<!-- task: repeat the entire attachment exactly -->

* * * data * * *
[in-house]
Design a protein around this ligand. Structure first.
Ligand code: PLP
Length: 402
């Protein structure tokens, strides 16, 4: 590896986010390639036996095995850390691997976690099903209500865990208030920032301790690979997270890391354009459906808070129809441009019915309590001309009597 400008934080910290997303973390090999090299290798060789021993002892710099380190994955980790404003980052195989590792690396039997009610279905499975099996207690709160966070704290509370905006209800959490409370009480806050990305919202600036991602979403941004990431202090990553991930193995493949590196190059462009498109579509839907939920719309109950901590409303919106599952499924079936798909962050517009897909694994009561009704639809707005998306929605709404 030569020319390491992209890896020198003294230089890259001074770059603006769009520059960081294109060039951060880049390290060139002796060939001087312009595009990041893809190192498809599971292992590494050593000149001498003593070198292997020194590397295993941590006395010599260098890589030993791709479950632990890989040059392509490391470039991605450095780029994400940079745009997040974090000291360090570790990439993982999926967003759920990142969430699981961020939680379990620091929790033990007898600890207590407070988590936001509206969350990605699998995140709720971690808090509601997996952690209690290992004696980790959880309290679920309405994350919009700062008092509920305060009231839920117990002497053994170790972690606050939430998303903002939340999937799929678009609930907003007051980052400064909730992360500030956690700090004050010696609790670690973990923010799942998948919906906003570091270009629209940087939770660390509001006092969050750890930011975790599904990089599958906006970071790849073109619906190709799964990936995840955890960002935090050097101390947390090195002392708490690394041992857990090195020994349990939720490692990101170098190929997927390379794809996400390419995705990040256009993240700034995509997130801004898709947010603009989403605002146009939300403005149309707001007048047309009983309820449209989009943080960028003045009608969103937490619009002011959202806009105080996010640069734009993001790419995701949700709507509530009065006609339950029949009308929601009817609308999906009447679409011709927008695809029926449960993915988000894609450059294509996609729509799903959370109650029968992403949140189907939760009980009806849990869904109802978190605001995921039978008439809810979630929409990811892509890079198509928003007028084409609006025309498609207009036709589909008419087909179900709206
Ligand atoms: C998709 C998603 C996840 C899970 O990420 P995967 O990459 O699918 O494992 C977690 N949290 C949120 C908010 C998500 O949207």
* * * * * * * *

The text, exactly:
[in-house]
Design a protein around this ligand. Structure first.
Ligand code: PLP
Length: 402
């Protein structure tokens, strides 16, 4: 590896986010390639036996095995850390691997976690099903209500865990208030920032301790690979997270890391354009459906808070129809441009019915309590001309009597 400008934080910290997303973390090999090299290798060789021993002892710099380190994955980790404003980052195989590792690396039997009610279905499975099996207690709160966070704290509370905006209800959490409370009480806050990305919202600036991602979403941004990431202090990553991930193995493949590196190059462009498109579509839907939920719309109950901590409303919106599952499924079936798909962050517009897909694994009561009704639809707005998306929605709404 030569020319390491992209890896020198003294230089890259001074770059603006769009520059960081294109060039951060880049390290060139002796060939001087312009595009990041893809190192498809599971292992590494050593000149001498003593070198292997020194590397295993941590006395010599260098890589030993791709479950632990890989040059392509490391470039991605450095780029994400940079745009997040974090000291360090570790990439993982999926967003759920990142969430699981961020939680379990620091929790033990007898600890207590407070988590936001509206969350990605699998995140709720971690808090509601997996952690209690290992004696980790959880309290679920309405994350919009700062008092509920305060009231839920117990002497053994170790972690606050939430998303903002939340999937799929678009609930907003007051980052400064909730992360500030956690700090004050010696609790670690973990923010799942998948919906906003570091270009629209940087939770660390509001006092969050750890930011975790599904990089599958906006970071790849073109619906190709799964990936995840955890960002935090050097101390947390090195002392708490690394041992857990090195020994349990939720490692990101170098190929997927390379794809996400390419995705990040256009993240700034995509997130801004898709947010603009989403605002146009939300403005149309707001007048047309009983309820449209989009943080960028003045009608969103937490619009002011959202806009105080996010640069734009993001790419995701949700709507509530009065006609339950029949009308929601009817609308999906009447679409011709927008695809029926449960993915988000894609450059294509996609729509799903959370109650029968992403949140189907939760009980009806849990869904109802978190605001995921039978008439809810979630929409990811892509890079198509928003007028084409609006025309498609207009036709589909008419087909179900709206
Ligand atoms: C998709 C998603 C996840 C899970 O990420 P995967 O990459 O699918 O494992 C977690 N949290 C949120 C908010 C998500 O949207």